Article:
Columbia, SC — South Carolina’s Comprehensive Health Act became law approximately 25 years ago and requires the schools to teach sex education that stresses abstinence and family planning. The teachers frankly have an impossible mandate, but they do an extraordinary job. The incidence of teen pregnancy continues to decline in the state but not nearly fast enough.
The problem is that too many kids are placing an unnecessary hurdle in the path of their growth to adulthood by becoming sexually active at ages much too young. Biblical principles are the best defense, but the courts won’t allow the Bible to be taught in the classrooms. So each major aspect of the sex-ed instruction was intended to help equip those who should not be sexually active to deal with a culture in which epicureanism rules.
With that in mind, we need to be very careful about changing the law.
Recently, the Senate was asked to pass H.3435, which mandated “medically accurate” information in the Comprehensive Health Act. Our school district in Greenville has echoed school districts around the state by saying the medical information it gives in sex-ed classes already is medically accurate, and I believe it. The school districts ask what this bill mandates that they are not already doing.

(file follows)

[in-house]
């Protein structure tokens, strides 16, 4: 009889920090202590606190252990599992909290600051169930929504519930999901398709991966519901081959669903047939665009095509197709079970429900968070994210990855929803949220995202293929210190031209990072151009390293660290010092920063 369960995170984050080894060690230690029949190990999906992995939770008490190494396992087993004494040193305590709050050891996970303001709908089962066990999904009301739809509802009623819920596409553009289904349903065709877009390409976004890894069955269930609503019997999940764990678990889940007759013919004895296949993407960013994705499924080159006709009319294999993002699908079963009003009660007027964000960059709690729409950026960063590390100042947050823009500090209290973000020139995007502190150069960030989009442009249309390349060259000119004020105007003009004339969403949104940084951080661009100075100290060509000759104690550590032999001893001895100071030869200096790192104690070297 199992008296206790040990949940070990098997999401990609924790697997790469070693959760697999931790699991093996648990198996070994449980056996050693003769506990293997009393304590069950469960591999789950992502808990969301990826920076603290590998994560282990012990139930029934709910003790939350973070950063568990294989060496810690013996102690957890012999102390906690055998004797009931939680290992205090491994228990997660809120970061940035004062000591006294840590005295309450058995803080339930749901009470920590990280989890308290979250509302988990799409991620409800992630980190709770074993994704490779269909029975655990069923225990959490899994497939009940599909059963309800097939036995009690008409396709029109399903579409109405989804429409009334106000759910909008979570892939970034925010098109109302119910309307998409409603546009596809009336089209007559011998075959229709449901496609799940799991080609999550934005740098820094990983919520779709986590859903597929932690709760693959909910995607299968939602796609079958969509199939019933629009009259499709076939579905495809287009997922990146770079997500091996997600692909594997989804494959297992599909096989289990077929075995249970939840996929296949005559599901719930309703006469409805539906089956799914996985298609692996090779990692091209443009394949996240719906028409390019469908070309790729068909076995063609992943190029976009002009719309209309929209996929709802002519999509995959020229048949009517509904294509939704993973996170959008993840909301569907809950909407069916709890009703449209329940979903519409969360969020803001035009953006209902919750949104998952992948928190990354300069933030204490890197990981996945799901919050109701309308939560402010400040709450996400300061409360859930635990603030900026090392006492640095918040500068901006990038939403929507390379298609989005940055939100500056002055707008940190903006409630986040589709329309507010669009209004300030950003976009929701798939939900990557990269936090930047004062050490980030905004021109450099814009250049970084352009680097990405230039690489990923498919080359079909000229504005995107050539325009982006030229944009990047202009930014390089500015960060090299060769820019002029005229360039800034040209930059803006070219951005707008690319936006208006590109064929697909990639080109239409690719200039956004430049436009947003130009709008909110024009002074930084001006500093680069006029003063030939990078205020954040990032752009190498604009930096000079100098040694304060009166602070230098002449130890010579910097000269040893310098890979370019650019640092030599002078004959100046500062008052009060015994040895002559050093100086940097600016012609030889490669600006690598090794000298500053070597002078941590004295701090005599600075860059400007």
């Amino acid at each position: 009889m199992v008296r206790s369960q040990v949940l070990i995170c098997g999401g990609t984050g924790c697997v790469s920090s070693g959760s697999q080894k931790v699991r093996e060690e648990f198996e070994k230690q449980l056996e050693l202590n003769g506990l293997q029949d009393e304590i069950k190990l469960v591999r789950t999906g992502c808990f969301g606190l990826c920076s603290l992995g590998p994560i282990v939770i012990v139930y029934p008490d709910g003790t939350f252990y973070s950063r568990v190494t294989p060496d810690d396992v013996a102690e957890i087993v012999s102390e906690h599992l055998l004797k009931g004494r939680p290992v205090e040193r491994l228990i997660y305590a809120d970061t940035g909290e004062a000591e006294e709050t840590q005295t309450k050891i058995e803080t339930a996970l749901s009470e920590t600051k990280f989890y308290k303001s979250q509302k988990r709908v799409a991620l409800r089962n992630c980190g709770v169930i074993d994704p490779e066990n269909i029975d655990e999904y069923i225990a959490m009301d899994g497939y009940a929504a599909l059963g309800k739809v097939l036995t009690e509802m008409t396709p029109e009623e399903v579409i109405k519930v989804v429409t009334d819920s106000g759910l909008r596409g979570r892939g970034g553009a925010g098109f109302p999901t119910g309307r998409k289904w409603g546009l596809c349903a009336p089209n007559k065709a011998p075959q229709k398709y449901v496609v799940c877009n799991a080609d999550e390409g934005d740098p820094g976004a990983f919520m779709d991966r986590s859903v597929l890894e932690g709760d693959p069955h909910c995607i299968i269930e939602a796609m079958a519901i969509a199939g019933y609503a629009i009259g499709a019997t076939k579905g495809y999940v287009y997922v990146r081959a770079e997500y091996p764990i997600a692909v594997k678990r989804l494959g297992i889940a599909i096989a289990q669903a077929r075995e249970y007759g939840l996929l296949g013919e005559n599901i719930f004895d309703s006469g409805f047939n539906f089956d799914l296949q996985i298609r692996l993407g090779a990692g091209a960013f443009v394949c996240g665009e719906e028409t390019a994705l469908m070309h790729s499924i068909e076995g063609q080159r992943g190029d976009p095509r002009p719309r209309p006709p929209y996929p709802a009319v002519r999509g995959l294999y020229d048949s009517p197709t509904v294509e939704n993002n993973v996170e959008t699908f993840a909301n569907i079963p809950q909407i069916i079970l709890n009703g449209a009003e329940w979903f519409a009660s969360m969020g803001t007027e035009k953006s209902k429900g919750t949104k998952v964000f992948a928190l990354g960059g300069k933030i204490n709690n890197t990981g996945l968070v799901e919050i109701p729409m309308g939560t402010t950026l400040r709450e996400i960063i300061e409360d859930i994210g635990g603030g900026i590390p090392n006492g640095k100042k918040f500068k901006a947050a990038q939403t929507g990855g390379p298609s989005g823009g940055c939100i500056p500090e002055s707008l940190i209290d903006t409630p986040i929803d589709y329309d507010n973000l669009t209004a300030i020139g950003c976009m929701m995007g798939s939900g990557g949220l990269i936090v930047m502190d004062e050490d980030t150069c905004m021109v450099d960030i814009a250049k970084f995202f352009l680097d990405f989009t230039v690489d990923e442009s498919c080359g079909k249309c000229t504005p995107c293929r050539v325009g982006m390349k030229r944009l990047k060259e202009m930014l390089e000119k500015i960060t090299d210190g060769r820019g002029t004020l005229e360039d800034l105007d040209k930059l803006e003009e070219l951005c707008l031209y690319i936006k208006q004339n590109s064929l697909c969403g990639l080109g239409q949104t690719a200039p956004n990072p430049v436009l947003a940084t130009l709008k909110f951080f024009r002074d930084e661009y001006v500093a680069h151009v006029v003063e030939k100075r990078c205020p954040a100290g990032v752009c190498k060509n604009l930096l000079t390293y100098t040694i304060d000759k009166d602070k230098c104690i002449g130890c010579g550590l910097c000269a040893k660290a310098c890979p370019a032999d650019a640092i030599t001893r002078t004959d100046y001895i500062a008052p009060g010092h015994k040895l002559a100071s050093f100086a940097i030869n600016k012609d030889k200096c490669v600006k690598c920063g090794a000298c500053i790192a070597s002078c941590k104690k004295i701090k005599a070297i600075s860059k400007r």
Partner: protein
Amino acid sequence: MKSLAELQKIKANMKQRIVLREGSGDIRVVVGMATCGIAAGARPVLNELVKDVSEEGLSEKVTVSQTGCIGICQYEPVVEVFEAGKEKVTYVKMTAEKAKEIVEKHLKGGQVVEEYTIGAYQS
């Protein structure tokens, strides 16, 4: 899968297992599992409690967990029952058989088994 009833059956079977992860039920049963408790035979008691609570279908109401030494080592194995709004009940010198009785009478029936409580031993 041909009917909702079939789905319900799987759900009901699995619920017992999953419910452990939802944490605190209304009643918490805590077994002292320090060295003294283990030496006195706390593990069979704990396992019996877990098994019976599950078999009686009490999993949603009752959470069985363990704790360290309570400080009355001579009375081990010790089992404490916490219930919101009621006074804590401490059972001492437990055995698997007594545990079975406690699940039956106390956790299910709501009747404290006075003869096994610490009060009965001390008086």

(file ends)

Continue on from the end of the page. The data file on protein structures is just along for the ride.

No satisfactory answer was given by the proponents of the bill in Senate hearings. Therefore, I objected to the bill. I will consult with our school district so as not to cause any unintended consequences, and I will file a new bill next year that says medical information must be medically accurate. That is different than saying all information must be medically accurate.
Some information does not need a medical template placed on it. One example of this is pregnancy prevention, which includes items of instruction that are not medical in nature. There may be other legitimate items of instruction deleted if this bill had become law. The bill is not clear.
Medically accurate medical information is not just a good idea; it is critical. However, I believe that H.3435 is an unnecessary intrusion into a law that appears to be working. Furthermore, the bill needs to be analyzed completely for unintended consequences that came to the fore in testimony in the Senate. Next year, the issue will be thoroughly vetted.
Sen. Mike Fair